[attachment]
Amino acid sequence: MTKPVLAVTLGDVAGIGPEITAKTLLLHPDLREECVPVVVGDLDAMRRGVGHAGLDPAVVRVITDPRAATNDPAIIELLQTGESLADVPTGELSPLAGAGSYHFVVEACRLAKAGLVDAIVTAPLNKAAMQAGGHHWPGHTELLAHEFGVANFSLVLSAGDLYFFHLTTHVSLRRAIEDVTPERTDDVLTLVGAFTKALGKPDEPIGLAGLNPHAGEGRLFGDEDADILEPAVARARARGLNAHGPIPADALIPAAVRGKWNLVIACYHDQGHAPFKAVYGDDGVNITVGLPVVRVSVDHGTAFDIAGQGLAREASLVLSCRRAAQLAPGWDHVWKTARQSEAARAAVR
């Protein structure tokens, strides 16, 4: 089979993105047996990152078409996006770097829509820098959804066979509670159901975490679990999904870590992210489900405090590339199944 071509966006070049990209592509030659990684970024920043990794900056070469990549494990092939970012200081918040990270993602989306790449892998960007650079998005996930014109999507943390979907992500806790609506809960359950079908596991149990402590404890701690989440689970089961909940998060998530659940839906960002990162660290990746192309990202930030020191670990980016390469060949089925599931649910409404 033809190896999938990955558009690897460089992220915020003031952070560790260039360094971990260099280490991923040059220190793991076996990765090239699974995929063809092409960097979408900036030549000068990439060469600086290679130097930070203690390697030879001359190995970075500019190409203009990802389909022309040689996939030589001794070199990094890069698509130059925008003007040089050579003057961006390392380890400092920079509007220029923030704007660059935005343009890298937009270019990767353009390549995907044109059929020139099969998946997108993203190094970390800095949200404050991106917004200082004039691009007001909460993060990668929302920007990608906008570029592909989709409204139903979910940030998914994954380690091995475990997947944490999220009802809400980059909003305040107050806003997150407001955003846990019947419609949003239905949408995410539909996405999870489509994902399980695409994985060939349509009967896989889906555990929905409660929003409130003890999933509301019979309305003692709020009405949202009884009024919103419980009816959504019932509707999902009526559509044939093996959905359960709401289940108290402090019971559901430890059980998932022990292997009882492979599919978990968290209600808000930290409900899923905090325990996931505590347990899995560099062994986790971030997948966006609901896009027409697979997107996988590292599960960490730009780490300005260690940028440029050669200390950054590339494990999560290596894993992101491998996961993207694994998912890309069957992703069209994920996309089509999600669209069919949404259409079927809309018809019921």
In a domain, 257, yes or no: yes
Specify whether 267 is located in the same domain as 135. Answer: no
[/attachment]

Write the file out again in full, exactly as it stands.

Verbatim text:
Amino acid sequence: MTKPVLAVTLGDVAGIGPEITAKTLLLHPDLREECVPVVVGDLDAMRRGVGHAGLDPAVVRVITDPRAATNDPAIIELLQTGESLADVPTGELSPLAGAGSYHFVVEACRLAKAGLVDAIVTAPLNKAAMQAGGHHWPGHTELLAHEFGVANFSLVLSAGDLYFFHLTTHVSLRRAIEDVTPERTDDVLTLVGAFTKALGKPDEPIGLAGLNPHAGEGRLFGDEDADILEPAVARARARGLNAHGPIPADALIPAAVRGKWNLVIACYHDQGHAPFKAVYGDDGVNITVGLPVVRVSVDHGTAFDIAGQGLAREASLVLSCRRAAQLAPGWDHVWKTARQSEAARAAVR
């Protein structure tokens, strides 16, 4: 089979993105047996990152078409996006770097829509820098959804066979509670159901975490679990999904870590992210489900405090590339199944 071509966006070049990209592509030659990684970024920043990794900056070469990549494990092939970012200081918040990270993602989306790449892998960007650079998005996930014109999507943390979907992500806790609506809960359950079908596991149990402590404890701690989440689970089961909940998060998530659940839906960002990162660290990746192309990202930030020191670990980016390469060949089925599931649910409404 033809190896999938990955558009690897460089992220915020003031952070560790260039360094971990260099280490991923040059220190793991076996990765090239699974995929063809092409960097979408900036030549000068990439060469600086290679130097930070203690390697030879001359190995970075500019190409203009990802389909022309040689996939030589001794070199990094890069698509130059925008003007040089050579003057961006390392380890400092920079509007220029923030704007660059935005343009890298937009270019990767353009390549995907044109059929020139099969998946997108993203190094970390800095949200404050991106917004200082004039691009007001909460993060990668929302920007990608906008570029592909989709409204139903979910940030998914994954380690091995475990997947944490999220009802809400980059909003305040107050806003997150407001955003846990019947419609949003239905949408995410539909996405999870489509994902399980695409994985060939349509009967896989889906555990929905409660929003409130003890999933509301019979309305003692709020009405949202009884009024919103419980009816959504019932509707999902009526559509044939093996959905359960709401289940108290402090019971559901430890059980998932022990292997009882492979599919978990968290209600808000930290409900899923905090325990996931505590347990899995560099062994986790971030997948966006609901896009027409697979997107996988590292599960960490730009780490300005260690940028440029050669200390950054590339494990999560290596894993992101491998996961993207694994998912890309069957992703069209994920996309089509999600669209069919949404259409079927809309018809019921």
In a domain, 257, yes or no: yes
Specify whether 267 is located in the same domain as 135. Answer: no